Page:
“We heard that they were inspecting the surroundings of the house, but we had no clue what this was about. On Sunday, June 30, the police took some men in the locality to the station. Even then, we didn't know what was going on. The next day, July 1, they took the men into custody. It was only yesterday, July 2, when I asked the cops who came, that I got to know that this was in connection with Kala’s suspected murder. Now we are hearing many stories through news channels. It is through the news that we got to know what allegedly happened in 2009.” 

Meanwhile, Kala’s son, a teenager, told media persons that his mother has not been killed. “I am being mocked for this at school now. How can I go to school?” he asked.

Mystery unfolding after 15 years 

How was the alleged murder of a woman, who was not even reported missing, revealed after 15 years?

Police say that it was an anonymous letter received by the Alappuzha Superintendent of Police two weeks back that set things in motion. Not only did the letter reportedly describe a brutal murder, but also named the four accused. 

Reports suggested that it was Radhu, the wife of Pramod, one of the accused, who penned the anonymous letter that set off the investigation. Pramod and Radhu had been living separately for a few months allegedly over financial disagreements. 

However, when TNM met with her, she denied this and expressed shock. “I came to know about this through news channels. I lived with him for over 11 years, but I didn’t have any clue about this. This is not a minor crime and it is shocking for me,” she added. 

After a few days of observation, the police arrested Jinu, Pramod, and Soman. Anilkumar was not arrested as he is in Israel. He is yet to be brought back. The men are related to each other and live in the same locality.

The four have been booked under sections 302 (murder), 201 (causing disappearance of evidence of an offence or giving false information to screen the offender), and 34 (acts done by several persons in furtherance of common intention) of the Indian Penal Code (IPC). 

On Tuesday, July 2, the police, with the help of Thiruvalla-native Soman, inspected the septic tank at the house of Anilkumar. Soman has assisted the police in recovering bodies in several murder cases. 

Objects suspected to be the remains of a human body were found from the septic tank during the inspection that started at 2 pm and went on till 6.30 pm on Tuesday.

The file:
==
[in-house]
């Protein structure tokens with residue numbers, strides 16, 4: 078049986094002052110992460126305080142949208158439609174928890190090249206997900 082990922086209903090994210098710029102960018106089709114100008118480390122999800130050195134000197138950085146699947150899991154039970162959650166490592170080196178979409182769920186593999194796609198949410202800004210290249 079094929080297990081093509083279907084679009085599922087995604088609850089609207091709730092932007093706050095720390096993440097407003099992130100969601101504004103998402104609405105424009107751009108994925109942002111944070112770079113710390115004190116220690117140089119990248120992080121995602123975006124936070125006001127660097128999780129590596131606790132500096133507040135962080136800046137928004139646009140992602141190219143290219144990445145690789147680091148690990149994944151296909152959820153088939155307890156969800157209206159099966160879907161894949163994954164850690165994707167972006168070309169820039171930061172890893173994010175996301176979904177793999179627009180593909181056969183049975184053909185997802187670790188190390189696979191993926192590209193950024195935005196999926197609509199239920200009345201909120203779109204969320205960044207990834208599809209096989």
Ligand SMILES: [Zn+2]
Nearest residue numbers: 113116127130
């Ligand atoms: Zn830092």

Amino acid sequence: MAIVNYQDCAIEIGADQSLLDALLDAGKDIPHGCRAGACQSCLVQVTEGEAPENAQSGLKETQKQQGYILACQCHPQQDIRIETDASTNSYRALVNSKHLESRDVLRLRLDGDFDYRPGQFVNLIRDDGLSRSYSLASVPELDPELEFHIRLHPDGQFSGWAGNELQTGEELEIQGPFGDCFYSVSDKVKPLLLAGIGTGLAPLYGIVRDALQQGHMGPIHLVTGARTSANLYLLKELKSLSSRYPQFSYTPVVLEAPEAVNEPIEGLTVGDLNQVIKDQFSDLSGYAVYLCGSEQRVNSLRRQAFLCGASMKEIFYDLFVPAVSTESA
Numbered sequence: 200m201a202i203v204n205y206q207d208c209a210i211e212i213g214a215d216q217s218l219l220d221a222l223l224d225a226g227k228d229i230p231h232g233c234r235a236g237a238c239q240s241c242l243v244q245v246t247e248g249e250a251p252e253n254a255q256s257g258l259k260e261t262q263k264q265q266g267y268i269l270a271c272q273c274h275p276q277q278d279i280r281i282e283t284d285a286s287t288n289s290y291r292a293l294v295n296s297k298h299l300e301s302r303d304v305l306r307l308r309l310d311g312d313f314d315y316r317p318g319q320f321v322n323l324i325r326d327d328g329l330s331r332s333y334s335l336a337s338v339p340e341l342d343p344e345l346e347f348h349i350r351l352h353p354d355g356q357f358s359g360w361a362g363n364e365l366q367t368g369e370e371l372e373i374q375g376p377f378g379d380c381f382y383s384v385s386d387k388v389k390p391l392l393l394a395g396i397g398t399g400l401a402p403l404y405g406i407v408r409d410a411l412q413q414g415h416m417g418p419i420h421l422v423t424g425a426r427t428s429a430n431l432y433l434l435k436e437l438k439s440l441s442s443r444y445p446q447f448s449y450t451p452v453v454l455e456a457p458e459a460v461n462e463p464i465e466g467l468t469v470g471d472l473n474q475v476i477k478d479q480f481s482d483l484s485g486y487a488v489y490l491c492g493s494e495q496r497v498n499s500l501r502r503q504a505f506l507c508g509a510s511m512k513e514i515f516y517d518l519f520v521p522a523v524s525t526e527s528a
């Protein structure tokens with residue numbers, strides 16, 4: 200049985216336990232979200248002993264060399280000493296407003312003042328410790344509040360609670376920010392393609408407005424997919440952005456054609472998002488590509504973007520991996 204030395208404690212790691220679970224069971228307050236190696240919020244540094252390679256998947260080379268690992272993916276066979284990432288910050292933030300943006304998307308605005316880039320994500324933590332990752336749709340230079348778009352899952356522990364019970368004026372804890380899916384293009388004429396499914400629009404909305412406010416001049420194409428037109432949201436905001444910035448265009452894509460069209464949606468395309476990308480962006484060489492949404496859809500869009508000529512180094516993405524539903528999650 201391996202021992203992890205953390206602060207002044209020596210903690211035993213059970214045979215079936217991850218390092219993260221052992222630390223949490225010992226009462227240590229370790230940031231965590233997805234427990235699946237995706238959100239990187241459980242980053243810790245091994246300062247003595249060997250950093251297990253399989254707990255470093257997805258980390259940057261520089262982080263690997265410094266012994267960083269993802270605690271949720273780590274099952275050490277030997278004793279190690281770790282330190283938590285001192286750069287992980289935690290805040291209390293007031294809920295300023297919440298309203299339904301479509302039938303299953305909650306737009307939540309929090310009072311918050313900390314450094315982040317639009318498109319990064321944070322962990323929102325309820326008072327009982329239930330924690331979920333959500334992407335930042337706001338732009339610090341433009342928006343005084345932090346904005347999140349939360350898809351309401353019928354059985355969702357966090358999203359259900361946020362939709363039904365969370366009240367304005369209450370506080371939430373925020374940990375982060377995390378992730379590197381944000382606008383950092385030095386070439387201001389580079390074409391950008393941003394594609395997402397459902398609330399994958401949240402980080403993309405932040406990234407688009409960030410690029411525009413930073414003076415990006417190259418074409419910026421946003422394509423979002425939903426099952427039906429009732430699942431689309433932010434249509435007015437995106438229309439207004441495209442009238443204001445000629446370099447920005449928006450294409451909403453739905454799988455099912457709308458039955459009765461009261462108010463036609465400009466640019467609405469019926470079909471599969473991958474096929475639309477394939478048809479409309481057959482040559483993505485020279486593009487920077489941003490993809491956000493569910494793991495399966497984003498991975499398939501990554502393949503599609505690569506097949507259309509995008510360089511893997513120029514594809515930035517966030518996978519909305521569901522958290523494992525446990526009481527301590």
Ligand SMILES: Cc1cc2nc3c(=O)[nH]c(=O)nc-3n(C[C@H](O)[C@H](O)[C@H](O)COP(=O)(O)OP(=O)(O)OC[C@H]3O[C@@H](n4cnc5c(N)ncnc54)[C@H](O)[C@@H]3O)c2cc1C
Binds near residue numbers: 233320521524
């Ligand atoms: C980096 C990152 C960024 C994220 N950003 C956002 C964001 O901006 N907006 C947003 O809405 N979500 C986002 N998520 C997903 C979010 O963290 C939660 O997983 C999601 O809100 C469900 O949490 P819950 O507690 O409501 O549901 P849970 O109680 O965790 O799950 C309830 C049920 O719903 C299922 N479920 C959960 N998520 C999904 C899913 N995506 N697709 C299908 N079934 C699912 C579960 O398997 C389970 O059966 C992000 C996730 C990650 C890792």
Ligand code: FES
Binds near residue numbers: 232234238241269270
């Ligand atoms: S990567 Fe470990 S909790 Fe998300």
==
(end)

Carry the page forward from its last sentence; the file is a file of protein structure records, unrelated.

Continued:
Soman told TNM that items such as elastic used in underwear, a locket, a hair slide, and other objects resembling human remains were found from the septic tank. “I have collected as many samples as I could. Some chemical was used to dissolve the contents of the tank, so most of it was powdered,” he said. 

A police source told TNM that it is not possible to conclusively state that the items found from the septic tank are human remains, given that it has been 15 years since the incident allegedly took place. Soman also clarified that the remains unearthed looked like bones and other human parts, but only a forensic analysis can confirm what they are.

Insufficient evidence?

TNM spoke to SK Adityan, a criminal lawyer practising in Ernakulam, about the case. According to him, custodial confession is not enough to secure a conviction. “Recovery of the body is required, as material evidence is important in court. In case the body is not recovered, there should at least be a direct witness to the incident,” he said. 

However, if the accused repeats the same confession that they gave to the police in front of the magistrate, it can be considered as evidence under the Code of Criminal Procedure (CrPC) 164 (Magistrate to record statement of a person or his confession). “This confession has more validity and can be used against the accused,” Adityan said. 

‘Police may have forced confession’

TNM spoke with the family members of the accused, who said they were all in shock and didn't know about the alleged murder until the arrests. 

One of the accused Jinu, a contract worker aged 40, is Anilkumar’s cousin. His mother told TNM that even though she had heard of Kala, she had never seen her. 

Pramod’s mother also told TNM that they didn't know anything about the case. “When the police asked Anilkumar’s father who his friends were, my son was also named. But he did not actually have any role in it. The police might have forced a confession out of Pramod, but that is not the truth. I do not know what the truth is. His father and I are in agony now,” his mother said. 

Kala’s brother said, “When the police told me that they murdered my sister, I could not believe it for a few minutes, as I personally knew all the accused. All of them were seemingly good men. Even after Kala left, I had stayed in touch with Anilkumar. I don’t know how they could behave like nothing had happened. They should be punished.”